This one is fairly self-explanatory. Even though I probably know nothing about you, I am willing to bet that at some point in your life you’ve experienced one of the following:
- you’ve accidentally deleted a photo off your computer or mobile device;
- you’ve had a phone or camera—chock-full of stored images—stolen or go missing
- had a memory card or hard drive go inexplicably wonky and either wipe out all your images or render them irretrievable.
One or more of these three unfortunate events has undoubtedly happened to every single camera owner on Earth since digital became the default mode of photography. Both (a) and (c) have happened to me personally. In the case of (c), it was during one of those once-in-a-lifetime events: my honeymoon, in Turkey. My camera couldn’t handle the near 40ºC Cappadocian heat and scrambled my SD card in protest. Once I got home I had to purchase an external SD reader and download special card-recovery software, and even with all that I was only able to recapture about 80% of them. In fact, it seems everyone has photo-loss story that’s as personal and unique as the pictures they’ve lost.
Despite the ubiquities of accidents, theft and storage failure, most people are still content to keep the vast majority of their images stored on cards and drives. After all, doing so is just so darn convenient that it lulls you into complacency. I actually know of people who’ve had multiple incidents of loss and failure, yet they continue to keep their images stored on their phone and/or storage media. Of course, the ‘cloud’ is becoming ever-more popular as a means of image storage. But how much does the average person really know about the cloud, and how loss-proof such solutions really are? Yes, when you upload your images to a massive provider like Google, Facebook or Yahoo!(Flickr), you can be reasonably certain that they know what they’re doing. But even amongst these behemoths, data wipeouts are not impossible. There is, however, a much more prevalent issue with cloud storage: the problem of ‘cloud sprawl’ (Copyright: me). I currently have images and various other files spread around at least six different cloud-based services: Google Drive, Flickr, Dropbox, iCloud, Facebook as well as others I barely remember. And even though I’m pretty organized when it comes to storage, I confess I no longer know for sure which of my important images are stored where. Most cloud users I know have this problem; you begin building a library on one cloud when suddenly a new cloud server pops up promising more convenience and access. You forsake your current cloud and start adding to the new one; and so on and so on, until your cloud storage system look more like a hoarder’s living room. While not as dramatic as outright data loss, cloud sprawl still becomes a pain when you’re trying to find your most important images. While it may seem counterintuitive, the most effective way to prevent image loss is to promptly turn your images into prints and keep them organized in photo books. This also offers the additional benefit of keeping your favourite photos handy, and in a format that lends itself very well to leisurely reflection.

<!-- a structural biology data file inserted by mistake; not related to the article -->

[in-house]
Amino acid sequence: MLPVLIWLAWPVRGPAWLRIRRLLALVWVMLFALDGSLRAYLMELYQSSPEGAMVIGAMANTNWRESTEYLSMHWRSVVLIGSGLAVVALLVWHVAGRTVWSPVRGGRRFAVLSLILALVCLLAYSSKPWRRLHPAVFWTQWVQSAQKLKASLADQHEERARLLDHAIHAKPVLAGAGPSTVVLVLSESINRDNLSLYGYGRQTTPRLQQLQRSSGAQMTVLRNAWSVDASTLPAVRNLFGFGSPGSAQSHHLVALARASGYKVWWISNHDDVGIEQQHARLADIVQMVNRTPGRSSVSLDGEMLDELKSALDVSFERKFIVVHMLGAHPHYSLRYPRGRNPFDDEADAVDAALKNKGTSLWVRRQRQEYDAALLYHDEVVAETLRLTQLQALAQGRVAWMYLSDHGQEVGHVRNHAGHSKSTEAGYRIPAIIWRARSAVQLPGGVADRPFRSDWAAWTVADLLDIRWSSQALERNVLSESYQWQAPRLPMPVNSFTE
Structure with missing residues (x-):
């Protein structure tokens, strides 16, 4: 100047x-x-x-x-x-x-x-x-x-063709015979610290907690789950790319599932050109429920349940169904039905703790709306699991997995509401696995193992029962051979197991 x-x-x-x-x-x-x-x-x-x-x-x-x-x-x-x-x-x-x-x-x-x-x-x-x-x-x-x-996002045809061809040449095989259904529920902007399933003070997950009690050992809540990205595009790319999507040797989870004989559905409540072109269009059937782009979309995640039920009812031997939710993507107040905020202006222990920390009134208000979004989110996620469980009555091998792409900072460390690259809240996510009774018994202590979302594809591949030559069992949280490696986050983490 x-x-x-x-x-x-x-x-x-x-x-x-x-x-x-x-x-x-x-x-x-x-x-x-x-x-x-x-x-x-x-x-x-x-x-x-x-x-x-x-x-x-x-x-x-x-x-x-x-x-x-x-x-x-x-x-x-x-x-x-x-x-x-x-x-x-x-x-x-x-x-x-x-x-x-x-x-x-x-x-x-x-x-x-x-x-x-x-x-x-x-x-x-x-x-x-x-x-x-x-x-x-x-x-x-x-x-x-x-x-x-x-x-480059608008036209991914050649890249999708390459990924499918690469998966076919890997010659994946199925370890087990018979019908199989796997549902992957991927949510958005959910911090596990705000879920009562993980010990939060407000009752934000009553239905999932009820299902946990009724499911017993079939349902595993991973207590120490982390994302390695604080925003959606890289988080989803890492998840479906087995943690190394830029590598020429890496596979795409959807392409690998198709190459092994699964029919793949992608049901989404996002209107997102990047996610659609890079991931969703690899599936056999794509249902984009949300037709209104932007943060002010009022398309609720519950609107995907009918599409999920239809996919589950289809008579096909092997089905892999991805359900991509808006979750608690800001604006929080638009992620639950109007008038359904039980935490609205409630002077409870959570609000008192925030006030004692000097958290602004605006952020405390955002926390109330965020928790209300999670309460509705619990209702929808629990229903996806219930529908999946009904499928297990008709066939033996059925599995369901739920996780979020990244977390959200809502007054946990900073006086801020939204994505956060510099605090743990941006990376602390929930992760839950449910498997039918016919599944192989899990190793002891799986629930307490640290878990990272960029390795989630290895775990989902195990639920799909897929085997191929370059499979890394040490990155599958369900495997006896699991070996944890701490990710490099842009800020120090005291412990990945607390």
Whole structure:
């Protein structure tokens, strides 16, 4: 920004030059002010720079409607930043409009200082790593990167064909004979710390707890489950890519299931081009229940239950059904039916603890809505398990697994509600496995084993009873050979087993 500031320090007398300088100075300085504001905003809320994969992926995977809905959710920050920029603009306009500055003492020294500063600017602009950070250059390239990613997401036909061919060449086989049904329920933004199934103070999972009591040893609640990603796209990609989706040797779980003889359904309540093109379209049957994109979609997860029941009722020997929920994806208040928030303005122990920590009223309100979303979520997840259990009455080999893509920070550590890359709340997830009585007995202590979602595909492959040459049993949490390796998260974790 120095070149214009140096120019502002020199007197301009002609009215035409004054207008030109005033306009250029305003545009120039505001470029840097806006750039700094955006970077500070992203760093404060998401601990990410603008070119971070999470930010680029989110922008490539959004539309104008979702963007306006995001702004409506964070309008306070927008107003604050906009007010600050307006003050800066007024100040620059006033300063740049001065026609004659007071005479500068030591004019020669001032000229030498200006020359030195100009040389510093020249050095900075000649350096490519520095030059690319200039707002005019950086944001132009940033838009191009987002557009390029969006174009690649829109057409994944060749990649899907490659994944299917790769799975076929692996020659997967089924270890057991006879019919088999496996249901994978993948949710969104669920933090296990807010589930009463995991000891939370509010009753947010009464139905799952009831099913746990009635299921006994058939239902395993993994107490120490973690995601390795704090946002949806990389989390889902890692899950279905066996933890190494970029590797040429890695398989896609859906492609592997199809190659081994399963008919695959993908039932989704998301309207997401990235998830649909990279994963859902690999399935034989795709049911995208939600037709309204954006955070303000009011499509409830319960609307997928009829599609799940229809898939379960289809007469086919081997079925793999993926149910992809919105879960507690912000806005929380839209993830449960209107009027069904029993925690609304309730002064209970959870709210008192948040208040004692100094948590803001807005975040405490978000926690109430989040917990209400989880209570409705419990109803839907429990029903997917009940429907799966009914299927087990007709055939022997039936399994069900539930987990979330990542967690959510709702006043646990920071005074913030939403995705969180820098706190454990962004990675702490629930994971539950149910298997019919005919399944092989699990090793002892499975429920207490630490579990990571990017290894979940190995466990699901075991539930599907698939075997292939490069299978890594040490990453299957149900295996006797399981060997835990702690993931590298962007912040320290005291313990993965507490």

Yes, I realize that prints are susceptible to things like fire and flood, overstimulated babies and dogs, and other forms of physical damage. I’m not saying you should delete your hard drive or cloud entirely. I’m just saying that these methods are not the 100% foolproof adamantium data vaults that we allow ourselves to believe they are; and that printing your photos as keepsakes is the best way to ensure all your bases are covered when it comes to preserving your images. As to what kind of photo book your prints should take, I happen to know where you can find a vast array of cool options…say, have I mentioned Book-It?